And then (once again) we can write/draw a visual grammar for a simplified version of the visual language used by David to organize the text and graphics on the paper display


The first three rules in this grammar "say" that an expression in the Sibtran language can be either a hollow arrow pattern, a bullet list pattern, or a straight arrow pattern. And then the last three rules go on to say that a hollow arrow pattern is a piece of text followed by a hollow arrow with a piece of text inside followed by any Sibtran expression (recursion, denoted by the extra dot, " "); a bullet list is a piece of text over three bullet text pairs; and a straight arrow pattern is a piece of text followed by a straight arrow followed by any Sibtran expression (recursion again).

Recusion is pretty cool. It allows very concise grammars to describe visual expressions of arbitrary complexity. Here is the underlying structure for a recursive Sibtran expression as recovered by the parser using the grammar and the spatial arrangement of the visual atoms:


The parser is a computer program. It can "use" the visual grammar because parsing is simply one kind of processing on visual objects, and we (well, me at least) have spent a lot of effort to build a system in which (drum roll): visual objects can direct the processing of other visual objects.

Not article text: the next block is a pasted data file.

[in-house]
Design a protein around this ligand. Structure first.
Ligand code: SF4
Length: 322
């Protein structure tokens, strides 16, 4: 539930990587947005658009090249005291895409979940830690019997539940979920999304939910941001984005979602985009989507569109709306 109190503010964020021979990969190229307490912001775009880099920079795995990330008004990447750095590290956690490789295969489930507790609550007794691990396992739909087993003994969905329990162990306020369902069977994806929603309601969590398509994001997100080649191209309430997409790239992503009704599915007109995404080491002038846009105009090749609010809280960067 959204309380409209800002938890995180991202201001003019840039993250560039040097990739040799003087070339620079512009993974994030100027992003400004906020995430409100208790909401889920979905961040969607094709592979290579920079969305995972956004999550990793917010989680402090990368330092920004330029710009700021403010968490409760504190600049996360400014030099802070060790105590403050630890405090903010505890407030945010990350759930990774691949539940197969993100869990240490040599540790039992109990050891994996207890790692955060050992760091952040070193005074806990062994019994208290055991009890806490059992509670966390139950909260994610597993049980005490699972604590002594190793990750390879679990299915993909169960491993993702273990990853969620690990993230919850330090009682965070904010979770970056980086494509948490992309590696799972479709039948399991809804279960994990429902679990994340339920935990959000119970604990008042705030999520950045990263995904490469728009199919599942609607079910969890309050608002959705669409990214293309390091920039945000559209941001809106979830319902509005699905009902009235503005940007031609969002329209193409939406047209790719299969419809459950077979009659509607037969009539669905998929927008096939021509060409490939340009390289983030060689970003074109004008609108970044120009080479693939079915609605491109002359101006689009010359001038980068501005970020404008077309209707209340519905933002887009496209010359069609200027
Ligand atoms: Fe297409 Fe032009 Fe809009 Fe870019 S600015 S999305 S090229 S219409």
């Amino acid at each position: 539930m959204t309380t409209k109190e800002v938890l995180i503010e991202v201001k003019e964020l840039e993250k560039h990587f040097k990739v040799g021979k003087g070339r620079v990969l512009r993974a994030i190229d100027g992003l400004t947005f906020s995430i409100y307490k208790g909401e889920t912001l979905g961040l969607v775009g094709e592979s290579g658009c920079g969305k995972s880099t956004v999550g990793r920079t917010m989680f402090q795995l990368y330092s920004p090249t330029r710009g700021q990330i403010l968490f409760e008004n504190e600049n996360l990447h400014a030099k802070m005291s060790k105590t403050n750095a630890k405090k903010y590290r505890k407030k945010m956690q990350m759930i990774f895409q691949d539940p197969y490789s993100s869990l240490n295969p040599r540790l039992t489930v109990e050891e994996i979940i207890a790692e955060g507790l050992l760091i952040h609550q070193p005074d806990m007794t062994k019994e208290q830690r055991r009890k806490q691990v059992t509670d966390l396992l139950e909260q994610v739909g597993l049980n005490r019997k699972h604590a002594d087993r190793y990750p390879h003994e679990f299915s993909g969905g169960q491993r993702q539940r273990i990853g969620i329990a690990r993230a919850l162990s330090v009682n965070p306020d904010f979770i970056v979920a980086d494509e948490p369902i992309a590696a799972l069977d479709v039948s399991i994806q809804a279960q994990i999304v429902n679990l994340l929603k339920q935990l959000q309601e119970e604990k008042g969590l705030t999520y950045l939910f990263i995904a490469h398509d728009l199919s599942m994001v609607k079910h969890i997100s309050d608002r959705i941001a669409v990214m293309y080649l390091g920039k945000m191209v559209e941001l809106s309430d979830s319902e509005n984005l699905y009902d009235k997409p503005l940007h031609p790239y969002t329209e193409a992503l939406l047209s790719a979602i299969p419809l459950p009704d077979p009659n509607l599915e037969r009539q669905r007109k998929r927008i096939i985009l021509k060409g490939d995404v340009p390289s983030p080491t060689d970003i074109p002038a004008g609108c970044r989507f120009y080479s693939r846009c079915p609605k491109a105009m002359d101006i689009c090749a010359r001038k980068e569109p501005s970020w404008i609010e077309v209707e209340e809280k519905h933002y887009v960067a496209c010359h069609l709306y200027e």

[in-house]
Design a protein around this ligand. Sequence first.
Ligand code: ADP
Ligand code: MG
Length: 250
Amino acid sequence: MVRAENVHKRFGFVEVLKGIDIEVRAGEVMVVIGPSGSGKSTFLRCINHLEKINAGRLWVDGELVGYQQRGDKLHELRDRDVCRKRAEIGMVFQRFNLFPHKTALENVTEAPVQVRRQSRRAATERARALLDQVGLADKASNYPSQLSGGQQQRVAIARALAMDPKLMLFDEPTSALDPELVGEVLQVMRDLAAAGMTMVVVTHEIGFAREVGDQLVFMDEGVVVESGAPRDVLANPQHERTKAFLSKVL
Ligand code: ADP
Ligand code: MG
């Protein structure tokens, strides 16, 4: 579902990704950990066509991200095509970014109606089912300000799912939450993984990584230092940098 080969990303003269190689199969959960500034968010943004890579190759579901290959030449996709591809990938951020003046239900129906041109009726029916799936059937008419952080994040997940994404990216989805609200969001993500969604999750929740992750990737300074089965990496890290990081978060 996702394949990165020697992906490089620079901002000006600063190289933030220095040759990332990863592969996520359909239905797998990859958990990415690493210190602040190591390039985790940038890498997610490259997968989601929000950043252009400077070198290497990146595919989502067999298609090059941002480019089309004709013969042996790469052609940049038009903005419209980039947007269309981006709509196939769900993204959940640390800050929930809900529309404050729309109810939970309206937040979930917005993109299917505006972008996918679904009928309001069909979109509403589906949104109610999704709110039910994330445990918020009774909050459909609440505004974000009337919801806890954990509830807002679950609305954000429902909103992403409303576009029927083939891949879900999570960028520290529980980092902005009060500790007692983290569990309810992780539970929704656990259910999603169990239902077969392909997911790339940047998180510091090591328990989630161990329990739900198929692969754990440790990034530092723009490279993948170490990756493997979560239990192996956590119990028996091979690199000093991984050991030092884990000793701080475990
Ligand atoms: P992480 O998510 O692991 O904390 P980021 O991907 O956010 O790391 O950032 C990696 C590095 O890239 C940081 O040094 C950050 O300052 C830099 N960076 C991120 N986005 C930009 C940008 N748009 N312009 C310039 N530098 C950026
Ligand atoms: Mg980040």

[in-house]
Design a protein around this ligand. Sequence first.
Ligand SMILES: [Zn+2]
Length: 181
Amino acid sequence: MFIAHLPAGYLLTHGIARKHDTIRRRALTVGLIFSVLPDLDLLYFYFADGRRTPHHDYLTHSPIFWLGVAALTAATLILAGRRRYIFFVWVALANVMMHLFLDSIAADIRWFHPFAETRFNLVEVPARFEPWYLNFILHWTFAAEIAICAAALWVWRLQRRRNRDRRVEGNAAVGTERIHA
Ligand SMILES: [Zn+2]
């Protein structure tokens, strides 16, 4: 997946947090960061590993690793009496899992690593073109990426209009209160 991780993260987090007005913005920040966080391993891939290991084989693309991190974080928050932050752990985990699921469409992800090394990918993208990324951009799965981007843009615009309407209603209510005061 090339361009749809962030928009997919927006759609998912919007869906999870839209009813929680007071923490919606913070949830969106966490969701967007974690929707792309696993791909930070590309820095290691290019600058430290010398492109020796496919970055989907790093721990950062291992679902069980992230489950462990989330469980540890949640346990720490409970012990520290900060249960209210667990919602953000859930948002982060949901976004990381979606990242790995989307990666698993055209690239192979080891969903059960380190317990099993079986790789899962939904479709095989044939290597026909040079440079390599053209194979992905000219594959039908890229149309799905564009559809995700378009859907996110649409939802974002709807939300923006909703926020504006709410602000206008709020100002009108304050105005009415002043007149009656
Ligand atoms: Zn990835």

Visual Linguistics and the contents of this book

The various essays in this book all deal with "visual linguistics"[3], either indirectly through design of performing instruments for generating visual expressions, or directly by building tools for analyzing such expressions.

The basic tree structure for visual objects and computational use thereof is described in the chapter Computing with Text Graphic Forms [A], where the resulting framework is referred to as PAM for visual "PAttern Manipulating." Here is the result of evaluating a visual mapping function:



The visual performing instrument built using PAM is called vmacs; vmacs is described in the chapters A Structure from Manipulation for Text Graphic Objects and A Performing Medium for Working Group Graphics. Nuts and bolts vmacs functionality as an environment for graphic editing and programming      non scrolling, manual display management, discretionary eval      is described in Viz Literals [B].